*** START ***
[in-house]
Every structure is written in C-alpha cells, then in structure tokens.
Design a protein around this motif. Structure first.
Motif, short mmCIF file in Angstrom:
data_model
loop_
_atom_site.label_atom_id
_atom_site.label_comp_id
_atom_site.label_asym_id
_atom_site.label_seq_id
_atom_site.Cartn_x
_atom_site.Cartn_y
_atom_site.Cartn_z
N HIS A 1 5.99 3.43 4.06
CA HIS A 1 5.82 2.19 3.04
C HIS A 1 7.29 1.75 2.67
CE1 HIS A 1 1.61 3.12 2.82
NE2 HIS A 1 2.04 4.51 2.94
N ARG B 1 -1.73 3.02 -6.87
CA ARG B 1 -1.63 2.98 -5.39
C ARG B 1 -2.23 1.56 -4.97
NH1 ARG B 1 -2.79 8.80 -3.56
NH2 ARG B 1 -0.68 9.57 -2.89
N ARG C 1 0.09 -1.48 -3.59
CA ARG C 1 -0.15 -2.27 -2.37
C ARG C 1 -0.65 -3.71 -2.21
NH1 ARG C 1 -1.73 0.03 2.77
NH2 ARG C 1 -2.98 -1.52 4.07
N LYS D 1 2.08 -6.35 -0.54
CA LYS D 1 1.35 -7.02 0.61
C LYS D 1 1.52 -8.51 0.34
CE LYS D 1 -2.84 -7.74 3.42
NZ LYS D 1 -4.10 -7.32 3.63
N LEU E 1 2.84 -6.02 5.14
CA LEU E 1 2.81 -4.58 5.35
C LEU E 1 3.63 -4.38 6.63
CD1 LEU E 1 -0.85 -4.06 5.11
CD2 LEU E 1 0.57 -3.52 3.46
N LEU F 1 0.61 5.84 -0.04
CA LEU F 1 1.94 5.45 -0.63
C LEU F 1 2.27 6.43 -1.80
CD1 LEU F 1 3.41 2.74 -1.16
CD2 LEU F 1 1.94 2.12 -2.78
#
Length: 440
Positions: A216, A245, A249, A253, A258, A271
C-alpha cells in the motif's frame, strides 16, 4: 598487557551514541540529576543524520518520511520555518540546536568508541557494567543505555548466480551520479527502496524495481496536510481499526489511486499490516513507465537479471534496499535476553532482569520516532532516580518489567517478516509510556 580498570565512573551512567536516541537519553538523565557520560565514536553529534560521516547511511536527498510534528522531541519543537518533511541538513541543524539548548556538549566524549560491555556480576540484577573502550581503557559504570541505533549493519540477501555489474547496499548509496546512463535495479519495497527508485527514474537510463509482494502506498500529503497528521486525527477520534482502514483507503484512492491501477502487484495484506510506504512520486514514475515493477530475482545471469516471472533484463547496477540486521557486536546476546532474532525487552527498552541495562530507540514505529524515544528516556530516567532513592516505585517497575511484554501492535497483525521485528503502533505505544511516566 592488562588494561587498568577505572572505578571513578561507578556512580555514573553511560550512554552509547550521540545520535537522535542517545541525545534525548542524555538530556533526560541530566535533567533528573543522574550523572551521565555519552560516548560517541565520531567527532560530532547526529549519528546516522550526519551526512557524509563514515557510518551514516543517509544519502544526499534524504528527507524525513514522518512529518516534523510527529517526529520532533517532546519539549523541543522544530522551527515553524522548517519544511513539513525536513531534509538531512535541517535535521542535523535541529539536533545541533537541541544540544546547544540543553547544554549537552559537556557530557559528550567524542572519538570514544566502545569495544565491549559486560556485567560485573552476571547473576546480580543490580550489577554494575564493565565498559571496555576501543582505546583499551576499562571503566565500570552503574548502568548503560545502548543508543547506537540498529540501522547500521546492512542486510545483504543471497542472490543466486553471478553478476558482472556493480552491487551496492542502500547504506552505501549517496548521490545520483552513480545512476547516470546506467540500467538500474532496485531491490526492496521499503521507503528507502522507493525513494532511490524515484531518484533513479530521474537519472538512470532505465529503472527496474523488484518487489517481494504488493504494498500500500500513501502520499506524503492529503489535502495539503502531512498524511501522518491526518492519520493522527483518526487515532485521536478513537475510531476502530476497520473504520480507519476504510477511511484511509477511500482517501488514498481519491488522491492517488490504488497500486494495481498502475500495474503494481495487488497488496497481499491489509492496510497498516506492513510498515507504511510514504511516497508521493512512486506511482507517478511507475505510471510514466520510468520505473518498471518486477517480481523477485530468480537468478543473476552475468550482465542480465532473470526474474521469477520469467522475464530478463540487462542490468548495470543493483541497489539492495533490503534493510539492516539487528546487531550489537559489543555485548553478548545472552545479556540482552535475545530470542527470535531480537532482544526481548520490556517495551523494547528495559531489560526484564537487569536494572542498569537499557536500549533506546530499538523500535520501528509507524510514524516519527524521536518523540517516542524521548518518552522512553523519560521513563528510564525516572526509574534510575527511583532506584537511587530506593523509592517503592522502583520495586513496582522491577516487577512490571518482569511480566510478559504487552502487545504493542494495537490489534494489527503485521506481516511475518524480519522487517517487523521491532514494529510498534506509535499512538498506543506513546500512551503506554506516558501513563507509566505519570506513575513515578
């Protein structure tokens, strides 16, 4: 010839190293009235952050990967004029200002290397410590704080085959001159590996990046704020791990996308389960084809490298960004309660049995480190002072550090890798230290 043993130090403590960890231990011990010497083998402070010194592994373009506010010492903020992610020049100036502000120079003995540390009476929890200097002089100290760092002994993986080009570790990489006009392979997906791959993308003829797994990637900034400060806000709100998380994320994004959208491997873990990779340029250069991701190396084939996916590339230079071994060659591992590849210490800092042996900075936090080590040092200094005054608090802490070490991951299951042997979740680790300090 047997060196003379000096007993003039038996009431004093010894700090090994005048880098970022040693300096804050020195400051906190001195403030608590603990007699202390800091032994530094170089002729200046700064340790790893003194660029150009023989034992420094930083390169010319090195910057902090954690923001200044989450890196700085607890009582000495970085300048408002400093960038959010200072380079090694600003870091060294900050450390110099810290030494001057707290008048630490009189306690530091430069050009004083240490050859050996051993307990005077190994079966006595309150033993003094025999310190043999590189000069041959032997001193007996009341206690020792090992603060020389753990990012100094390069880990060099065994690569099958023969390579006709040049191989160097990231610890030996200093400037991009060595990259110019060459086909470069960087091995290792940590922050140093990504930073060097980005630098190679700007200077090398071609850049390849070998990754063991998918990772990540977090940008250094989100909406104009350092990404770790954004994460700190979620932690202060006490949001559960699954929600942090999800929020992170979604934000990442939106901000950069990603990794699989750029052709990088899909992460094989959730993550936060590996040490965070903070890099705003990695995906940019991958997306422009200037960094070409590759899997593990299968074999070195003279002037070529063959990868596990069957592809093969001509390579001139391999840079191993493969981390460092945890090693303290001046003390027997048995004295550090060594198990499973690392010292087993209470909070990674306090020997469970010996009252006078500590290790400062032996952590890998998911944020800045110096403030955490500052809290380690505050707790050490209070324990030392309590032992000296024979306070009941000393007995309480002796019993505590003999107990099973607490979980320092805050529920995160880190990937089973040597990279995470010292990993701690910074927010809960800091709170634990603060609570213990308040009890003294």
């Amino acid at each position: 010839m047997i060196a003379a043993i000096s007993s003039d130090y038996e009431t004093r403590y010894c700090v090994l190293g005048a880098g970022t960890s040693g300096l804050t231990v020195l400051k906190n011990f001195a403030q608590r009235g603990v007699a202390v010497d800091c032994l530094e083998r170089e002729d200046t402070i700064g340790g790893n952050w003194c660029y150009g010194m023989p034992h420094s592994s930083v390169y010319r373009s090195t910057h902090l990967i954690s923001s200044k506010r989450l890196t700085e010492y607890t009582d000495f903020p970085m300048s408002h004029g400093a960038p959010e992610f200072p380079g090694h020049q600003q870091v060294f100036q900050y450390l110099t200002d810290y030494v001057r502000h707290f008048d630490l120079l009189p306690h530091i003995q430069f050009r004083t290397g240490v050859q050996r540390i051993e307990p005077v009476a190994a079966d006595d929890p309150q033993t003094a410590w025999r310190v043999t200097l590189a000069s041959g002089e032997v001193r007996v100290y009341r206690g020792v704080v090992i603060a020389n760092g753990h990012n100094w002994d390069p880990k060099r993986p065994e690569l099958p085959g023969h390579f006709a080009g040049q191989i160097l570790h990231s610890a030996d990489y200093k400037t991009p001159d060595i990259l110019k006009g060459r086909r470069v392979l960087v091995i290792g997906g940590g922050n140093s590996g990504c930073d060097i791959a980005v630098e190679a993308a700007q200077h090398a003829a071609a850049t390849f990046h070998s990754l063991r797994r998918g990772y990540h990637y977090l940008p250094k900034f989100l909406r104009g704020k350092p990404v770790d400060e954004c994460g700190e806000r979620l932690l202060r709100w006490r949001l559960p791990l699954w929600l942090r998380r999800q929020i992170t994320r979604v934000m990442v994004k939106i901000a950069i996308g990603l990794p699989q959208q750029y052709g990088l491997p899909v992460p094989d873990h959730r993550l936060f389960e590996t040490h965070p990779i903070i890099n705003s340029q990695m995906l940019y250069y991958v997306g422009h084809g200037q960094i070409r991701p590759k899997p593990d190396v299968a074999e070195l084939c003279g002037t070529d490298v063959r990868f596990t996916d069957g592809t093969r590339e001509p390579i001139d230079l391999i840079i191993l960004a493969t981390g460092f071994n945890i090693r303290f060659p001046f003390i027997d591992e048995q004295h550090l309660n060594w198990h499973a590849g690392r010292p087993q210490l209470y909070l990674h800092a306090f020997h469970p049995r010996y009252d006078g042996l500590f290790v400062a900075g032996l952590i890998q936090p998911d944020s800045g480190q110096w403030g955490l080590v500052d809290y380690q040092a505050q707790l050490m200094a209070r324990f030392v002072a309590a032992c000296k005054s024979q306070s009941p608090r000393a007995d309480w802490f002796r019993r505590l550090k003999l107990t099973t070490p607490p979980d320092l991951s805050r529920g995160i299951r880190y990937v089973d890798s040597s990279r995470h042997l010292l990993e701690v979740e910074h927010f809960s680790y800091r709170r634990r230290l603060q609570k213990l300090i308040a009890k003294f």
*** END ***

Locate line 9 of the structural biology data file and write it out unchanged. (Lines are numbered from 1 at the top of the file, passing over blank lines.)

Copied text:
_atom_site.label_asym_id